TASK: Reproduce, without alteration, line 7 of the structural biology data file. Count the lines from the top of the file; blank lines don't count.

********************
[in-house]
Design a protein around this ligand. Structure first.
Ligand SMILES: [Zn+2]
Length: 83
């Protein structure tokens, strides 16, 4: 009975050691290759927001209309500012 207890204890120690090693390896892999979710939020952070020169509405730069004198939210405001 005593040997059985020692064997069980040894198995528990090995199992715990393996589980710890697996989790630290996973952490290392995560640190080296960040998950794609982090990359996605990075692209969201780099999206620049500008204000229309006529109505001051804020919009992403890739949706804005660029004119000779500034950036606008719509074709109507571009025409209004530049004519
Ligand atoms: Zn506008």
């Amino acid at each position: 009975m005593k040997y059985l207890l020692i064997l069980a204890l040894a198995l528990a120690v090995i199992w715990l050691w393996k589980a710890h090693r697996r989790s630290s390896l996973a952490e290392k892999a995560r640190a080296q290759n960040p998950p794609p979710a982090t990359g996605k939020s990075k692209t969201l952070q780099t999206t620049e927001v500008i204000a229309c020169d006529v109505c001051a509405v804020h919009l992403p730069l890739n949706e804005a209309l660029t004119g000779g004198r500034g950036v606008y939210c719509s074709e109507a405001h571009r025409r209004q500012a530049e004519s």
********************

């Amino acid at each position: 009975m005593k040997y059985l207890l020692i064997l069980a204890l040894a198995l528990a120690v090995i199992w715990l050691w393996k589980a710890h090693r697996r989790s630290s390896l996973a952490e290392k892999a995560r640190a080296q290759n960040p998950p794609p979710a982090t990359g996605k939020s990075k692209t969201l952070q780099t999206t620049e927001v500008i204000a229309c020169d006529v109505c001051a509405v804020h919009l992403p730069l890739n949706e804005a209309l660029t004119g000779g004198r500034g950036v606008y939210c719509s074709e109507a405001h571009r025409r209004q500012a530049e004519s």